Josephine and her troops kept trying to be recognized by the council. In 1941, the United States joined World War II and thousands of people of all races were sent off to war. Everyone, even the Girl Scouts, began to do what they could to support the troops. Because of this, more girls got involved. The change pushed the national council to recognize all troops. In 1942, Black Girl Scout troops were made official by the Nashville Council!
Josephine Groves Holloway and the first Black Girl Scout troop to register after the Nashville council agreed to accept Black troops in 1942.
Josephine is the first person on the top left. (Courtesy of the Girl Scouts of Middle Tennessee)
So many Black girls were signing up to be Girl Scouts in Nashville. By 1944, there were 13 troops with 252 Black Girl Scouts and 82 adults! To help manage the new Black troops coming in, the council hired Josephine. She was the first Black woman to work with the council.
Josephine did everything she could to help Black girls get the full Girl Scout experience. But there was not a good place for them to camp. Josephine reached out to Black landowners near White House, Tennessee. The council was able to buy land for a new camp for Black girls through Josephine’s connection to these landowners. They named the camp after her, Camp Holloway.
Unfortunately, the council did not put a lot of money into taking care of the camp. Josephine took that into her hands too. She and her family took care of the campgrounds, they brought in old Army cabins called barracks for the camp, and even built a pool for the girls. As the camp got better, more people wanted to go.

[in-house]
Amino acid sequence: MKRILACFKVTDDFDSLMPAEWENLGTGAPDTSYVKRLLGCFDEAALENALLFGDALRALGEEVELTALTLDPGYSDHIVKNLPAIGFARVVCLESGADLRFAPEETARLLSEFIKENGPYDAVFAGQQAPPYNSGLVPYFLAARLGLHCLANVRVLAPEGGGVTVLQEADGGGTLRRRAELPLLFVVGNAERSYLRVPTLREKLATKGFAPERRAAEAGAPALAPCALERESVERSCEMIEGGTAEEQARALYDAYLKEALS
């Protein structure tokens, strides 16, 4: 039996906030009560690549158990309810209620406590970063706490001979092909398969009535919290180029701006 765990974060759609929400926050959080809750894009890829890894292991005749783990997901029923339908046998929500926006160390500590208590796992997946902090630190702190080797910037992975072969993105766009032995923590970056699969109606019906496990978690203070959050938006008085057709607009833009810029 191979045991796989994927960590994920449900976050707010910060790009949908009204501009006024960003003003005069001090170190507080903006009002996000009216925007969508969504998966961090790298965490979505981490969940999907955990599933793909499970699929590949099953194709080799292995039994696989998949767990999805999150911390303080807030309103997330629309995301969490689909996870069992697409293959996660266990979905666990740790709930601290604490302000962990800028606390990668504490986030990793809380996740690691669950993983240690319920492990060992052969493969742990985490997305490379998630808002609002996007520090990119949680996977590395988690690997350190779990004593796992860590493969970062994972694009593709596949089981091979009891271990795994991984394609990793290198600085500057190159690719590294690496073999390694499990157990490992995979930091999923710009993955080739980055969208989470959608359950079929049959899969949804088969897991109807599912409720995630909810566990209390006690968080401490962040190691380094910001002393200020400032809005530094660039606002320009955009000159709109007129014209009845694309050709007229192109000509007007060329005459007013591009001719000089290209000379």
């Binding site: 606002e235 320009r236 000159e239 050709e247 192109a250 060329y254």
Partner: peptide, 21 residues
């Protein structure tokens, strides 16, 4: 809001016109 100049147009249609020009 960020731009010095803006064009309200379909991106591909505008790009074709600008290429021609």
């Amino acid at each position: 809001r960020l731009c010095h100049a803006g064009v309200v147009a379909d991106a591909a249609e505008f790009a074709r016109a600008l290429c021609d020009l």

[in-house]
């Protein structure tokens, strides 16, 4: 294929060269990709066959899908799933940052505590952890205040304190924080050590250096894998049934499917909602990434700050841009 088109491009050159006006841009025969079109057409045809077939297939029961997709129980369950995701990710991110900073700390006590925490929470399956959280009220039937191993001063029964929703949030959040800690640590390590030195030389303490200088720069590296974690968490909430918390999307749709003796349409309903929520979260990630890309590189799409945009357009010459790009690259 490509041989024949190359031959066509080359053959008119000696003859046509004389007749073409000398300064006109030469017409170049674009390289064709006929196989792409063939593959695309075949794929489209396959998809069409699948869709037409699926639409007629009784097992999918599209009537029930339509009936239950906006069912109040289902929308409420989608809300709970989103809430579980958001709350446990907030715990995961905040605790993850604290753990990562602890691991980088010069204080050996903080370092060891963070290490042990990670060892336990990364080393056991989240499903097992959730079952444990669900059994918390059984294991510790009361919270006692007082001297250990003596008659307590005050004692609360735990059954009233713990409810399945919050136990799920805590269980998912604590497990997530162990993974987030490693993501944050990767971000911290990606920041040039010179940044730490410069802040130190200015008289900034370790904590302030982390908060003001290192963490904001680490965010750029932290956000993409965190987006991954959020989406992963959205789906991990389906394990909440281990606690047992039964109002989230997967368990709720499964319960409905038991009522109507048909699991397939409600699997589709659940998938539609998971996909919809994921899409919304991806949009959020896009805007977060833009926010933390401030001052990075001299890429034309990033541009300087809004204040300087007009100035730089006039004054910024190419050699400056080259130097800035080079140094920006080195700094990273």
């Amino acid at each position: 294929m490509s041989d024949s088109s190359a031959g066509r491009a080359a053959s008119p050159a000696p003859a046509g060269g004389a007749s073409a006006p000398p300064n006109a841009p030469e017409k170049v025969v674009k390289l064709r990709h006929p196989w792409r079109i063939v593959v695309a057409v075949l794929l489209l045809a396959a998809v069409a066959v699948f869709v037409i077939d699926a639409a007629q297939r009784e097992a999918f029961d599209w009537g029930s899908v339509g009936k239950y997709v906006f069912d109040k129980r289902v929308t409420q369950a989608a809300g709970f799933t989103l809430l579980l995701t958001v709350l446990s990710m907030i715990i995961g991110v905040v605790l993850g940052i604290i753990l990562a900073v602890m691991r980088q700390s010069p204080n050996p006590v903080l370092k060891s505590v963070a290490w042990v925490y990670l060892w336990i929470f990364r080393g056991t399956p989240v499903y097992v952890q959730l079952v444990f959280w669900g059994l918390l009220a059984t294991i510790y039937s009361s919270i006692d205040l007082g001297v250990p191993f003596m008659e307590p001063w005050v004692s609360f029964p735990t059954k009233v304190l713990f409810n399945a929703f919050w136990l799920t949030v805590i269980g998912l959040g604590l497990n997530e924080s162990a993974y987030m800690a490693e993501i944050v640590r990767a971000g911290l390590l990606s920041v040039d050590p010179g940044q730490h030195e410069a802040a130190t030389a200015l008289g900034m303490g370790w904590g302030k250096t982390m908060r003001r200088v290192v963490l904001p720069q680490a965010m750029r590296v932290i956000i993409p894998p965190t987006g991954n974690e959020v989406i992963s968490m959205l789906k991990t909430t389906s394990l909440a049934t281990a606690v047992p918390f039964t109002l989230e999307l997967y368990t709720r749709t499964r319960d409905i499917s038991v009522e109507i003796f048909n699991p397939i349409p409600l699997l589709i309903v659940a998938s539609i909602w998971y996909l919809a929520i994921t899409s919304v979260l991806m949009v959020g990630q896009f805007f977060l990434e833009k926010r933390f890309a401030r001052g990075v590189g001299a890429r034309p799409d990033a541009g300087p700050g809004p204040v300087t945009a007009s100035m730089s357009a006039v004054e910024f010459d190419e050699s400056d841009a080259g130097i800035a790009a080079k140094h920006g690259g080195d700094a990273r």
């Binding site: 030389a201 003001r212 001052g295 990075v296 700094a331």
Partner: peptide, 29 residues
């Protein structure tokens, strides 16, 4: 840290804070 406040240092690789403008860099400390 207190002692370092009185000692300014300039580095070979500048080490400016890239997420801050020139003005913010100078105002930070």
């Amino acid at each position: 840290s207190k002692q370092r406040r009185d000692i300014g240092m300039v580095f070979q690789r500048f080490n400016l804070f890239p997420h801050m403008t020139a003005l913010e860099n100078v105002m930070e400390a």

The Nashville council integrated from 1960 to 1965. The first integrated Brownie troop was started at the integrated Clemons Elementary School.
Josephine retired in 1963, ending her official service to the Girl Scouts, but not her life’s mission. Upon her death in 1988, she left 50 acres of land next to Camp Holloway to the council. This helped the camp grow. Through her hard work, the unstoppable Josephine Groves Holloway helped make a space for Black girls in Girl Scouting. She is an inspiration to us all!
This poster was used at the Tennessee State Museum for their celebration of the Girl Scouts' 100 Year Anniversary in 2012, Tennessee State Museum Collection.
Organization- A group of people who came together to work toward a common goal.
Segregation- To set apart or divide groups of people. For example, segregating people based on the color of their skin.
Council- Like an organization, a group of people that who work to organize or give advice to other people, for example, Girl Scout troops.
Great Depression – An event that lasted from 1929-1933 where more than ¼ or 25% of Americans were out of work and many businesses failed.
Barrack- A building or group of buildings used usually during wars for soldiers to sleep in.
Integration - To bring different groups of people together. Ex: integrating a school with both white and Black students.
Where did Josephine Groves Holloway first learn about the Girl Scouts?
Why do you think Josephine asked Mr. Holloway to buy Girl Scout handbooks in Chicago?
What was the name of the Girl Scout camp that was created for Black Girl Scouts?
Why do you think Josephine worked so hard to create Girl Scout troops for young Black girls?
Learn about the work Girl Scout troop 1347 did to honor Josephine Groves Holloway and earn their Bronze Award.
Learn more about the history of Girl Scouting!
Tennessee State Social Studies Standard:
5.22 Examine the growth of the U.S. as a consumer and entertainment society after World War II, including:
• Increased access to automobiles
• Interstate Highway System
• Television, radio, and movie theaters
5.52 Identify influential Tennesseans from the late 20th century.
AAH.21 Assess the economic and social impact of Jim Crow laws on African Americans.
AAH.23 Compare and contrast organized responses to Jim Crow laws.
AAH.24 Identify influential African Americans of the time period and analyze their impact on American and Tennessee society.
Joyska Nunez-Medina is an Educator at the Tennessee State Museum.